First, there are the inner workings of Chinese culture that guide Chinese students' thinking and, when it comes to selecting a name from a foreign culture, quite often lead them wrong. It is not as easy as an American using Juan for John in Spanish class. Chinese as a language has no common ground with English, so translations between the two cannot maintain the spirit and sound of the original language. Added to that, Chinese names follow traditional conventions that are embedded in the culture. It is not as simple as flipping through a book of baby names and choosing "Ethan" because that name is fashionable now and you like its sound. A Chinese baby will have a family name followed by (traditionally) a generation name and a given name. And because every written Chinese character has a literal meaning, most every Chinese knows what every part of their full name means or conveys.
I had a student ask me to help her choose an English name that was related to water and meant calm. With the meaningless names in English-speaking culture, that's not so easy to do. Lacking an encyclopedic knowledge of names, I focused on "calm" and suggested she use Serena, but she sifted through some possibilities and settled on Delphine. I think Delphine is a pretty name and her choice worked out, but she vetted quite a few candidates first and asked a native speaker about their soundness. Now, imagine the pitfalls awaiting those who would strike out independently to choose their own name. If the shoe were on the other foot, imagine you tried choosing your own Chinese name. My guess is that it would be some variant of a famous Chinese actor's name, or you might just tack "Lee" onto the end of your real name. And by the way, did you know that Bruce Lee's full Chinese name translates to Li Little Dragon? I knew his nickname was "The Dragon," but I found that in Chinese culture, not only are children named after objects, with dragons being as popular as they are, children can be named Little Dragon. Americans anymore seem to go for a 3:1 mix of traditional to made-up/nonsense names, but Little Dragon Hansen would still make the "News of the Weird" section of the newspaper.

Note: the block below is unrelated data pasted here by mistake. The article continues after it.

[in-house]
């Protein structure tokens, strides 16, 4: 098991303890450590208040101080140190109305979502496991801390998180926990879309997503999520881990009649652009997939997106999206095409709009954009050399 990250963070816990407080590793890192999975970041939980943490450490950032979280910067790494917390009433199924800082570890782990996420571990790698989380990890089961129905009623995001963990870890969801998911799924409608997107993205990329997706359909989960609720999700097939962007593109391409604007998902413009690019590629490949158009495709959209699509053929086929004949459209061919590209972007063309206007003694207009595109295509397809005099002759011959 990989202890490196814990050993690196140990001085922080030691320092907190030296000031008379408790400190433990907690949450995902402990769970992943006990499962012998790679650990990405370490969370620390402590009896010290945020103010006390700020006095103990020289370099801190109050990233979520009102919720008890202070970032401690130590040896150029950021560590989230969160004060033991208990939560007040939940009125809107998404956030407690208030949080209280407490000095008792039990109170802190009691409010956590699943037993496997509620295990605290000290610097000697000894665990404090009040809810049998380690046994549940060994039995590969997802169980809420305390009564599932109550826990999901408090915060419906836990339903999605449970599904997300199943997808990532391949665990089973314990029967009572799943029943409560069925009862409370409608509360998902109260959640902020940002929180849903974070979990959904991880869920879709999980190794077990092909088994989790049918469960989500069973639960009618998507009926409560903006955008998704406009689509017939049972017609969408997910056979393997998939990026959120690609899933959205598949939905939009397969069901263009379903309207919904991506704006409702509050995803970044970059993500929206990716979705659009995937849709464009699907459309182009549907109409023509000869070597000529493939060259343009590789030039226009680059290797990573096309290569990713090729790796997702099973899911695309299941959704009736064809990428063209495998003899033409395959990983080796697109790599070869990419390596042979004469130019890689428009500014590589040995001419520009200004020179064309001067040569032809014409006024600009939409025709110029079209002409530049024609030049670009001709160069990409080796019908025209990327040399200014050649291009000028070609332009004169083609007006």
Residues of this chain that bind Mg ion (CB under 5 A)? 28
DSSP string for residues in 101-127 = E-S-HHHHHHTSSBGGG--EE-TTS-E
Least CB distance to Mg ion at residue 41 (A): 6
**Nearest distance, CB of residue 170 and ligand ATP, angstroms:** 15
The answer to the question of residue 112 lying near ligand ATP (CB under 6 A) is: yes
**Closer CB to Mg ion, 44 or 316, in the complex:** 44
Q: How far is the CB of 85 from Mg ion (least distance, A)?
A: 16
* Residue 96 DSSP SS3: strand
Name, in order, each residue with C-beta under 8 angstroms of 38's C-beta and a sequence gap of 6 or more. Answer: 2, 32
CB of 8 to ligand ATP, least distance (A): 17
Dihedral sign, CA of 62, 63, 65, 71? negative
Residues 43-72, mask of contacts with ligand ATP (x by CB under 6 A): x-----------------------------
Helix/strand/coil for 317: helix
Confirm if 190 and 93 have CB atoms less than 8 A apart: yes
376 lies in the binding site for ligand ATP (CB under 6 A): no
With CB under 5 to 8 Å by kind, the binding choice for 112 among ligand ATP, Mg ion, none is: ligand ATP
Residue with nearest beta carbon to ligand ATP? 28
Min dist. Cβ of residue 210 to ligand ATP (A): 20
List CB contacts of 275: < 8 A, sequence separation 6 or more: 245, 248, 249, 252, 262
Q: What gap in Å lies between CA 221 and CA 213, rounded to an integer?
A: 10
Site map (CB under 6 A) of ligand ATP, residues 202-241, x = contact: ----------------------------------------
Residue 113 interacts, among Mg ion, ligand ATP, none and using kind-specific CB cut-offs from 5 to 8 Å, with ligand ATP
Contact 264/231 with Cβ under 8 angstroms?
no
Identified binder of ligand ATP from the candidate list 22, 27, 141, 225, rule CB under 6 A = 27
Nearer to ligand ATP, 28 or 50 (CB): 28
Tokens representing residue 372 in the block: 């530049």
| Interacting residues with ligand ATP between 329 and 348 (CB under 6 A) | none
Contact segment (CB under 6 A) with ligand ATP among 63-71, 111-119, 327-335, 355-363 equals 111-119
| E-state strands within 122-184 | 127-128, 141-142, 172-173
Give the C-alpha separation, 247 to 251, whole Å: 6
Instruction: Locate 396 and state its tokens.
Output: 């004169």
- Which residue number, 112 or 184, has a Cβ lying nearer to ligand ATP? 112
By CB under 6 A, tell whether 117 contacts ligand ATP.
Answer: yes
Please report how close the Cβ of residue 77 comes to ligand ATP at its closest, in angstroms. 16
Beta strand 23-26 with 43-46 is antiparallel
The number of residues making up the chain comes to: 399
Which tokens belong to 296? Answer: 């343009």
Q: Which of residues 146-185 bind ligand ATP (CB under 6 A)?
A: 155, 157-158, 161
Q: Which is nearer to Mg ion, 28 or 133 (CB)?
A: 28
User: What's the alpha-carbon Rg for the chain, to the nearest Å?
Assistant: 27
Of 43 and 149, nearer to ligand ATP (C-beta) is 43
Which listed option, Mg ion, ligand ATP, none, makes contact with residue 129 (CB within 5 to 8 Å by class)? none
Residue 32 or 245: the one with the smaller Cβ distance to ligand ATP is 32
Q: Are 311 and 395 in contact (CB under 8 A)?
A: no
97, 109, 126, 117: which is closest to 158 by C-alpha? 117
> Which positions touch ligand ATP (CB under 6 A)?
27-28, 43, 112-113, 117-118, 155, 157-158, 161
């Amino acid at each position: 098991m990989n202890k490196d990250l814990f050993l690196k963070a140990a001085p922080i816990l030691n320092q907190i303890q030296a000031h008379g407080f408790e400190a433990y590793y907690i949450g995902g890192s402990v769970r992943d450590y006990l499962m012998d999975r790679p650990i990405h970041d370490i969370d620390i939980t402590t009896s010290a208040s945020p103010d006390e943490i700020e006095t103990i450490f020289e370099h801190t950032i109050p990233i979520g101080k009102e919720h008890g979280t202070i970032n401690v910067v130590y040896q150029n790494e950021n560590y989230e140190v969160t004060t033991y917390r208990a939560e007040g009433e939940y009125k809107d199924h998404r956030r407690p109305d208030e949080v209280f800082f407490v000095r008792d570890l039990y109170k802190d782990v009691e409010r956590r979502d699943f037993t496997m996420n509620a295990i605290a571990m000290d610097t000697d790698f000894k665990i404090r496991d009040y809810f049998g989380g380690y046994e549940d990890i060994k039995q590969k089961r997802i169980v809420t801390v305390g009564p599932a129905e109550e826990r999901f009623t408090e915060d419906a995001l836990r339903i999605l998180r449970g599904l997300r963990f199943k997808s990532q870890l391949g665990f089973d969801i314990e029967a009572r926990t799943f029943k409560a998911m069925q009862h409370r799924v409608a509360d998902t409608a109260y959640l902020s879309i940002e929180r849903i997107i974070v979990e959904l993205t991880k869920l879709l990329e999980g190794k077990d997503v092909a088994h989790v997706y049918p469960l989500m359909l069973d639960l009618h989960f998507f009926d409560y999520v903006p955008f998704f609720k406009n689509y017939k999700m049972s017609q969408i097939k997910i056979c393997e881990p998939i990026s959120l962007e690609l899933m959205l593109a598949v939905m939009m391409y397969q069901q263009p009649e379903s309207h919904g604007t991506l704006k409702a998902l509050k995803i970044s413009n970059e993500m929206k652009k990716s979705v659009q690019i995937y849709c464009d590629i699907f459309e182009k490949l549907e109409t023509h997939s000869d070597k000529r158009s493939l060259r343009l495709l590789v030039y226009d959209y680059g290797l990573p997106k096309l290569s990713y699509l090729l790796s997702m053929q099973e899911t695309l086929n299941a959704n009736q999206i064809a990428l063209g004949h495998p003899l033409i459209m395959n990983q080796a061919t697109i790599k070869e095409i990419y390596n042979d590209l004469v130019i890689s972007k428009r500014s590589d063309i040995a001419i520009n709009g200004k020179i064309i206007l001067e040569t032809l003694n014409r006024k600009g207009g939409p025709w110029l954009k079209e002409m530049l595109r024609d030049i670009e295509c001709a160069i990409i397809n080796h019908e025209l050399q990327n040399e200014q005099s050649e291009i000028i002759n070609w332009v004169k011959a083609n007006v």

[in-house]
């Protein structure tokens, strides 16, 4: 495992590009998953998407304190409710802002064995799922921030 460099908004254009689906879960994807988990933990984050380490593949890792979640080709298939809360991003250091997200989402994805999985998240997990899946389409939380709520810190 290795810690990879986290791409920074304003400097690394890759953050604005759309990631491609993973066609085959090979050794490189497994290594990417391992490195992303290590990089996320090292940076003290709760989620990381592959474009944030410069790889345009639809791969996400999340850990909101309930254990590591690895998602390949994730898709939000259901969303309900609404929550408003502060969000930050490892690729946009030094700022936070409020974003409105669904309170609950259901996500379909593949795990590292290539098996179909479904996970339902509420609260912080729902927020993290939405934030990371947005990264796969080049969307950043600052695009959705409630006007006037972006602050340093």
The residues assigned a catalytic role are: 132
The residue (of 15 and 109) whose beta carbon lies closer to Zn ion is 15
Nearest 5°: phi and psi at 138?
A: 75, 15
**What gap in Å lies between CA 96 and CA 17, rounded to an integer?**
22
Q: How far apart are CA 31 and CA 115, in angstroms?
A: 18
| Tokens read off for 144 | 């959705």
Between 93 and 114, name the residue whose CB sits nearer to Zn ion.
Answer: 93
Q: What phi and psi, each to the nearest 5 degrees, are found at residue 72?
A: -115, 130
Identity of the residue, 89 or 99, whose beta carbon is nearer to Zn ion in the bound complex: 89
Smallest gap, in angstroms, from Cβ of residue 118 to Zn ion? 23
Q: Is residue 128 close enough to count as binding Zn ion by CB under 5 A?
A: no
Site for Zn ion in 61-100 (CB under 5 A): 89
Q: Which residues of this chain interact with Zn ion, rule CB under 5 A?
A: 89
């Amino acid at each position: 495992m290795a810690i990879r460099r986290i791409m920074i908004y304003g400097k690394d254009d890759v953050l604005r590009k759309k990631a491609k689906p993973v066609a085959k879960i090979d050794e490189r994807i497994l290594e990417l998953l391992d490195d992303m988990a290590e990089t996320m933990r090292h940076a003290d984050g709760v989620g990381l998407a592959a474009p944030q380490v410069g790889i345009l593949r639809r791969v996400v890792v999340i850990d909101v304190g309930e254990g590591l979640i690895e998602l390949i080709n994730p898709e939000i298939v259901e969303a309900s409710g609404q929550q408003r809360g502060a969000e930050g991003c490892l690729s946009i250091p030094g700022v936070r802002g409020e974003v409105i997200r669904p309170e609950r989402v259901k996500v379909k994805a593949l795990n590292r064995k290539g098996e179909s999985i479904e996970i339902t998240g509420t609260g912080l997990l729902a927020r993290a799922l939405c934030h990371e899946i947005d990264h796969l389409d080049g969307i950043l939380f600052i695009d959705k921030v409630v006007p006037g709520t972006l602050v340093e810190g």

My first Chinese name was given to me by my friend and Chinese tutor, Caili Ma. She asked what my name meant, then listened to the pronunciation of my surname, and came up with Li Da-Sen (李大森). I think the written characters are beautiful and this name has a good sound, but my Aunt Fang told me it was no good based on Tai Chi naming principles (e.g. Make sure the name has a good number of horizontal strokes), plus it was the name of a bad character in some kind of story or myth. I insisted that I wanted to keep the name to honor my friend, Caili, but Aunt Fang insisted that Caili would be fine with the change, and her friends all echoed that it had an unpleasant meaning and persuaded me to go with Le Da-Sheng (乐达声), which means "joy" and "to pass on." In my opinion, the name looks ugly on paper and doesn't sound much better, but it's not my language, so I had to defer and trust Aunt Fang on this one.
|At my house with Caili. She probably considered naming me "White Giant."|